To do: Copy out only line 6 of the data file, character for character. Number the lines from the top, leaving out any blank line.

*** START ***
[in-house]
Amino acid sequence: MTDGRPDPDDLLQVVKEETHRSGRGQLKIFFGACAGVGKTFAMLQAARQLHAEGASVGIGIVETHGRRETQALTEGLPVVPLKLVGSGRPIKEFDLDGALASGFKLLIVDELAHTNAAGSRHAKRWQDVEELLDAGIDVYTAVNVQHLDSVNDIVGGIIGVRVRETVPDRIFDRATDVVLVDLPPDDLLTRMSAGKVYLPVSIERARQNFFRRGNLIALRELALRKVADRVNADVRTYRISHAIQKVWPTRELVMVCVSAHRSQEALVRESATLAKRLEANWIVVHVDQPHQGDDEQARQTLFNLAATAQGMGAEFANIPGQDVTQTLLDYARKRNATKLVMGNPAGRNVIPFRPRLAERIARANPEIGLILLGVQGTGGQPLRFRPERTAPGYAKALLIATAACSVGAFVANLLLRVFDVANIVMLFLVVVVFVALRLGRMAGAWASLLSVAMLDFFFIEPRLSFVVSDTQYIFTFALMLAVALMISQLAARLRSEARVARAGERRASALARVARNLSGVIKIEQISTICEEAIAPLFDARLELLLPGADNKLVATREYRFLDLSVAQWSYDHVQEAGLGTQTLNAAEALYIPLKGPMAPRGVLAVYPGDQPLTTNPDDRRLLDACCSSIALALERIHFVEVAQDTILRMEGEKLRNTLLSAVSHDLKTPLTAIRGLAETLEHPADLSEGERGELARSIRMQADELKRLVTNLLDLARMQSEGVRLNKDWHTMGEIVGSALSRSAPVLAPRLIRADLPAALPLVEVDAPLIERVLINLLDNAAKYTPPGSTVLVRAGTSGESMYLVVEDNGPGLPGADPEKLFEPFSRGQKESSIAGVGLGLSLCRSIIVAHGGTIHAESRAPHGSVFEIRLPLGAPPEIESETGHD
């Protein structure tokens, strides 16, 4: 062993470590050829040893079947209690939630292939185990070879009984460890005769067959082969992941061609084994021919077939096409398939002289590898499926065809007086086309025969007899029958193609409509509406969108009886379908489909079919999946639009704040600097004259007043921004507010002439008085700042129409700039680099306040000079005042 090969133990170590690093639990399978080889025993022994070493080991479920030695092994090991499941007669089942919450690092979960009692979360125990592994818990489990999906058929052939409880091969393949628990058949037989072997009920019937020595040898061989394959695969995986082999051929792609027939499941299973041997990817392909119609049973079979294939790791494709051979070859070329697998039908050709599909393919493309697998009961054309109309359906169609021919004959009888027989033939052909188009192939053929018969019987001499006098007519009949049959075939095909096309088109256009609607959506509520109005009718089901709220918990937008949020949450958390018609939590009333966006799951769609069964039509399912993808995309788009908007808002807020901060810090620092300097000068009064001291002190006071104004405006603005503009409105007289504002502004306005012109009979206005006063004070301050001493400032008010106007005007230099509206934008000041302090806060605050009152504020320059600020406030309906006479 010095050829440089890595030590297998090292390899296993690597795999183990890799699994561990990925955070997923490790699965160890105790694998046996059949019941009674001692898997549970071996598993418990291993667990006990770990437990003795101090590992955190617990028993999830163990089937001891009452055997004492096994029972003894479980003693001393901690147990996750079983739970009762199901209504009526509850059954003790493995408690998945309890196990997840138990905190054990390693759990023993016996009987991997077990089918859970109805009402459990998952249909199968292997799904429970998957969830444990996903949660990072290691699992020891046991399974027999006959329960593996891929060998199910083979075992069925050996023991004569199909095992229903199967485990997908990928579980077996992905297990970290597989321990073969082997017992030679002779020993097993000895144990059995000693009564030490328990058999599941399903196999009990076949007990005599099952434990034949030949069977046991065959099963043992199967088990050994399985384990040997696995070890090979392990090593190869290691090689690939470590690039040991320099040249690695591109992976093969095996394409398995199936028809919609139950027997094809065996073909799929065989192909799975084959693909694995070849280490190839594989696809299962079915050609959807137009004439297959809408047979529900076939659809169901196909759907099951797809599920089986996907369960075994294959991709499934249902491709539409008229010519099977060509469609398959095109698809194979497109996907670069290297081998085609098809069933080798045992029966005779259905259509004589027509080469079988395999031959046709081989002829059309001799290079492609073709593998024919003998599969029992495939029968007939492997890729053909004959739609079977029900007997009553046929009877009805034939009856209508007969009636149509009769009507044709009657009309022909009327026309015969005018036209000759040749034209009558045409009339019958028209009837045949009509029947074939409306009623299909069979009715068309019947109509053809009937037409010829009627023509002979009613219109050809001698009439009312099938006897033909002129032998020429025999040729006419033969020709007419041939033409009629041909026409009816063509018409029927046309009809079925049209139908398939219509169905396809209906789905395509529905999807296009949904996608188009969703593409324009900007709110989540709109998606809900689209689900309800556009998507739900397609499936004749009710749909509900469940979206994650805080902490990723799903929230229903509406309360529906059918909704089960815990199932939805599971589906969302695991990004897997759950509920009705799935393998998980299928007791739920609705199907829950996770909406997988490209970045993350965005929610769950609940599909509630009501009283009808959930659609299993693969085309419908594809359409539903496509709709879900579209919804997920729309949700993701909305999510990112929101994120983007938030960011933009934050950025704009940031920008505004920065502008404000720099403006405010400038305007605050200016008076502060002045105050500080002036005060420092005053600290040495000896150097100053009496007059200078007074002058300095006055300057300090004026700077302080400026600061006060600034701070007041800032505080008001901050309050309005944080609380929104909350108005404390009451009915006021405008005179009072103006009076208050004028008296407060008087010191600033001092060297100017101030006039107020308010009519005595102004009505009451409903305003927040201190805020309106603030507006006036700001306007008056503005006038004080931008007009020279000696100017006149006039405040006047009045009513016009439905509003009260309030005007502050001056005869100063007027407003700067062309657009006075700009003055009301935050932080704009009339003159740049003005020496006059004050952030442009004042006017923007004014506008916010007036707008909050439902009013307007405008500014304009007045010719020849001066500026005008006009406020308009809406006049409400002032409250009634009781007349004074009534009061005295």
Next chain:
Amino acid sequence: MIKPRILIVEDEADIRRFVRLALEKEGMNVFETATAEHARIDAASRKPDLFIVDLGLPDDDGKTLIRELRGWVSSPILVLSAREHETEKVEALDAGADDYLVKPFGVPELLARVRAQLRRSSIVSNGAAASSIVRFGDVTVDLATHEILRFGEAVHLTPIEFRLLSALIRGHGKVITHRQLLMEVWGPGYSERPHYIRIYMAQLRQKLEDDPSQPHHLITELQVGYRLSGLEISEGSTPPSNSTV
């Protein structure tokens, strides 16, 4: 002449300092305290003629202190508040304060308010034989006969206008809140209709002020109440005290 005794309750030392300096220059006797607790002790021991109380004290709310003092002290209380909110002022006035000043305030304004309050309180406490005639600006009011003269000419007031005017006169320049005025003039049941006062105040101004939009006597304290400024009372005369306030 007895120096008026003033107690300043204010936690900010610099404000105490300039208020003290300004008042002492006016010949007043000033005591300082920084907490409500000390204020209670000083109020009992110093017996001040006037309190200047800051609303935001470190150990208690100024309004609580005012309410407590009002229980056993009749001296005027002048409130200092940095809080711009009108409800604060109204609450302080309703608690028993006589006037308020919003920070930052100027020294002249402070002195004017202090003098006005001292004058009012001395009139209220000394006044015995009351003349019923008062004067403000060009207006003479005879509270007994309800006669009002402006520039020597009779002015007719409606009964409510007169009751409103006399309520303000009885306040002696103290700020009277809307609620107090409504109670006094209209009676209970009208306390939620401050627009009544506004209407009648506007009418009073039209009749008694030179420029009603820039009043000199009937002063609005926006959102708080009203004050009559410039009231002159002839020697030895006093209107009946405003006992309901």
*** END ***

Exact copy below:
């Protein structure tokens, strides 16, 4: 002449300092305290003629202190508040304060308010034989006969206008809140209709002020109440005290 005794309750030392300096220059006797607790002790021991109380004290709310003092002290209380909110002022006035000043305030304004309050309180406490005639600006009011003269000419007031005017006169320049005025003039049941006062105040101004939009006597304290400024009372005369306030 007895120096008026003033107690300043204010936690900010610099404000105490300039208020003290300004008042002492006016010949007043000033005591300082920084907490409500000390204020209670000083109020009992110093017996001040006037309190200047800051609303935001470190150990208690100024309004609580005012309410407590009002229980056993009749001296005027002048409130200092940095809080711009009108409800604060109204609450302080309703608690028993006589006037308020919003920070930052100027020294002249402070002195004017202090003098006005001292004058009012001395009139209220000394006044015995009351003349019923008062004067403000060009207006003479005879509270007994309800006669009002402006520039020597009779002015007719409606009964409510007169009751409103006399309520303000009885306040002696103290700020009277809307609620107090409504109670006094209209009676209970009208306390939620401050627009009544506004209407009648506007009418009073039209009749008694030179420029009603820039009043000199009937002063609005926006959102708080009203004050009559410039009231002159002839020697030895006093209107009946405003006992309901």